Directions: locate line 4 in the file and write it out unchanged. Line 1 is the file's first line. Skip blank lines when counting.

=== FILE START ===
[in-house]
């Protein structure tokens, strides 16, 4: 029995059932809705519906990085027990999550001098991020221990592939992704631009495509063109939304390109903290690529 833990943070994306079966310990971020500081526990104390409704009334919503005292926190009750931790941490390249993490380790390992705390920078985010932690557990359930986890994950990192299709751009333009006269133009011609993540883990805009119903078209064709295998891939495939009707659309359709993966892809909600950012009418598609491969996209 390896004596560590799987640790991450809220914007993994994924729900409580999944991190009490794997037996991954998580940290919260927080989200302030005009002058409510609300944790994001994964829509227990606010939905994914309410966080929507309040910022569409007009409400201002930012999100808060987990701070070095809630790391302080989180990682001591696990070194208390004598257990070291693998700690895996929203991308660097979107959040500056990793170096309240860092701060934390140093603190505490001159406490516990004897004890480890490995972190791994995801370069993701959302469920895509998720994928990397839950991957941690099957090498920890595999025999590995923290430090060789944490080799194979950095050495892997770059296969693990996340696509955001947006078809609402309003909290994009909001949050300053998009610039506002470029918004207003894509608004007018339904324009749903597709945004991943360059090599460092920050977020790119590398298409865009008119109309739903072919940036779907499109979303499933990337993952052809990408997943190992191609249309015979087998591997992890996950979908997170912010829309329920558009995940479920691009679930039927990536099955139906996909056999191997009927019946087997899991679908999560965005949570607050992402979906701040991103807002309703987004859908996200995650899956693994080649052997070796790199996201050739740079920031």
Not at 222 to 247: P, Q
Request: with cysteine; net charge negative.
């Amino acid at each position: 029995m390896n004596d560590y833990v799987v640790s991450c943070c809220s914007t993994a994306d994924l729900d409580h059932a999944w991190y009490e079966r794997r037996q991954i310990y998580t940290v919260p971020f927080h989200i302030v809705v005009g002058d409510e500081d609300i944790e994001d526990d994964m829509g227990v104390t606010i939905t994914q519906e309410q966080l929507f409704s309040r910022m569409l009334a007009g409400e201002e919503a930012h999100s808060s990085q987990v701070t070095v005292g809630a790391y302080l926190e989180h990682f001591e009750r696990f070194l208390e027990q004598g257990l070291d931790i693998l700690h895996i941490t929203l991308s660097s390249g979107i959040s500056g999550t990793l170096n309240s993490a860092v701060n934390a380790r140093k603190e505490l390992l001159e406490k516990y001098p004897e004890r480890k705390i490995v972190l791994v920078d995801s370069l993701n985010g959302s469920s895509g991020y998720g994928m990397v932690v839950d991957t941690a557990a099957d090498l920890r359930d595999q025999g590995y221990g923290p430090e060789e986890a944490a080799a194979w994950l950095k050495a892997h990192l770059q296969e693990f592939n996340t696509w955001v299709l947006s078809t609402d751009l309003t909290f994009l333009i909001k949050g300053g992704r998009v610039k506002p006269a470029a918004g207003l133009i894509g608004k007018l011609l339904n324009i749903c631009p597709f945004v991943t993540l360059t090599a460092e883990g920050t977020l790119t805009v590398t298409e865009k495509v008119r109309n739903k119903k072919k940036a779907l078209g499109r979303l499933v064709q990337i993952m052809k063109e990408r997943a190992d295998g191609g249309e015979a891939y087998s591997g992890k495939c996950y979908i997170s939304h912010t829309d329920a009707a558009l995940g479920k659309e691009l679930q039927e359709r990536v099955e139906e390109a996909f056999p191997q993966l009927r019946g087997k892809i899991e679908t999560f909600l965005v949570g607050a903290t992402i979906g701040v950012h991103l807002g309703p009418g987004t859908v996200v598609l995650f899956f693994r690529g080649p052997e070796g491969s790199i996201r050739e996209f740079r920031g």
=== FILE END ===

Request: with cysteine; net charge negative.